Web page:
Friday, 20 July, 2018

Channel 4 gender pay gap three times that of BBC

Channel 4 gender pay gap three times that of BBC Channel 4 gender pay gap three times that of BBC
Nellie Chapman | 20 March, 2018, 17:19

Currently, men make up 66 per cent of this group.

Mahon added: "There is no quick fix, but identifying the complex and multiple reasons behind our gap is the first step towards tackling the fundamental issues at play".

The BBC is seeking to resolve a number of high-profile cases where women have been paid less than men for broadly similar on-screen roles. "Instead, we must reduce the gap by focusing on increasing the proportion of women in higher-paid roles". In the spirit of the government's regulations, we've now included total earnings of partners and staff to give the most rounded picture of our firm's gender and BAME pay gaps'.

Channel 4 released information on pay on Monday, following disclosures by ITN last week.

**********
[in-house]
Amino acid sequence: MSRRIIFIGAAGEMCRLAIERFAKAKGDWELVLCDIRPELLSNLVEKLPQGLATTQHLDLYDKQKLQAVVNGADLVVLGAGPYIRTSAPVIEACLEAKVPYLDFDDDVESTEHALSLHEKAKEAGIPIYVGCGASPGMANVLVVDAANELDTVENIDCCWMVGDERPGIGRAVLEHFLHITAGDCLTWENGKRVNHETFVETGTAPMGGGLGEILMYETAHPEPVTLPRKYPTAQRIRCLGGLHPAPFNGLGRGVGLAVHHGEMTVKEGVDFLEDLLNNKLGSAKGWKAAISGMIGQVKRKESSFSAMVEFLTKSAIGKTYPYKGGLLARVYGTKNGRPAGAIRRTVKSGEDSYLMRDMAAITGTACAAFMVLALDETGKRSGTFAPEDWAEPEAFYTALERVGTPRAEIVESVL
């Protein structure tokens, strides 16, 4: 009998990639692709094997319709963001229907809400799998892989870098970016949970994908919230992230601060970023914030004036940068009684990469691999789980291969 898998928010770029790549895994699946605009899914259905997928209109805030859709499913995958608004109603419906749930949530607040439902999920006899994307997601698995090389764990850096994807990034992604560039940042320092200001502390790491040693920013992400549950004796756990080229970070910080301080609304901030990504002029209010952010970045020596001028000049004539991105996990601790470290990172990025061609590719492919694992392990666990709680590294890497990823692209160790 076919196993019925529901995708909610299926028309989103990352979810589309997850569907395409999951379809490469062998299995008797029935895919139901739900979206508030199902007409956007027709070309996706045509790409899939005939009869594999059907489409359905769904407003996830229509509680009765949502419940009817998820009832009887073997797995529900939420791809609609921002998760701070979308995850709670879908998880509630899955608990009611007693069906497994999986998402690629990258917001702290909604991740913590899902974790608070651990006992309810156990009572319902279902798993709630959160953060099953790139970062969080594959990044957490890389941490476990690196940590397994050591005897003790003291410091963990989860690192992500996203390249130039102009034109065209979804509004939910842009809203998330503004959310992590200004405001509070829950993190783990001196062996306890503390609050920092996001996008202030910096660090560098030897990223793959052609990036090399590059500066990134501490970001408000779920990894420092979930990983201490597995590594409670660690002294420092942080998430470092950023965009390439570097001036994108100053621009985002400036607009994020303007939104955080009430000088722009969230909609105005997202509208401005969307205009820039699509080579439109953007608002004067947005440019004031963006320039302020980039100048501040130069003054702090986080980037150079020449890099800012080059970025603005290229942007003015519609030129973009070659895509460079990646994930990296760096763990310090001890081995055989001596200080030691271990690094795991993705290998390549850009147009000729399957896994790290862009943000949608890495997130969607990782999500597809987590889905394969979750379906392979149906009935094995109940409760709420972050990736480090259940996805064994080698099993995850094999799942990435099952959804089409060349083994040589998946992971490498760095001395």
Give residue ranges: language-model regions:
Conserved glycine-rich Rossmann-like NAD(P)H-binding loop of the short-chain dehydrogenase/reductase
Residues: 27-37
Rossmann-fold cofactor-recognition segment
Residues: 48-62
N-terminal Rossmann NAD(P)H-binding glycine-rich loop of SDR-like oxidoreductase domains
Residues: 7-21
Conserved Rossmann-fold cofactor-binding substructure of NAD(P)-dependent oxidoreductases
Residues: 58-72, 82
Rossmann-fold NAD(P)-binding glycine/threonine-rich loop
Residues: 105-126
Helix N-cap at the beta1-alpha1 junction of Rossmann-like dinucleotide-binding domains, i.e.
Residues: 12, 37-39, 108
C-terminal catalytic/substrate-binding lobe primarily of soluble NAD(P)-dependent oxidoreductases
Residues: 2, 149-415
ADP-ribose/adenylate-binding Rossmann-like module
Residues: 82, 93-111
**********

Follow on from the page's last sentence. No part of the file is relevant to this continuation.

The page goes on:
She said the channel would set out a strategy "with a goal of a 50:50 gender balance in the top 100 earners by 2023". The BBC's is 10.7 per cent.

Reed Smith has published details of its United Kingdom gender pay gap, becoming one of the first firms to include partner figures in its reporting.

Channel 4 gender pay gap three times that of BBC

ITN similarly attributed its pay gap to the fact it has fewer women than men in senior leadership roles.

Channel 4 has revealed women working at the broadcaster earn nearly 30% less than their male colleagues on average, with two thirds of the top 100 best-paid staff being men. The company said this was because there were "fewer women in senior bonus-eligible roles during this time period".

Broadcasters ITV (LON: ITV) and Channel 5 have not yet published their figures.

It will also review pay practices, "harmonise" job titles, and undertake a review of its recruitment and selection practices.

Stephenson Harwood's median gender pay gap for fixed hourly pay as at 5 April 2017 is 39.8%. Deloitte, meanwhile, had its mean gap increase from 18.2% to 43.2%, while the gaps at KPMG and EY increased from 22% to 42% and 19.7% to 38.1% respectively.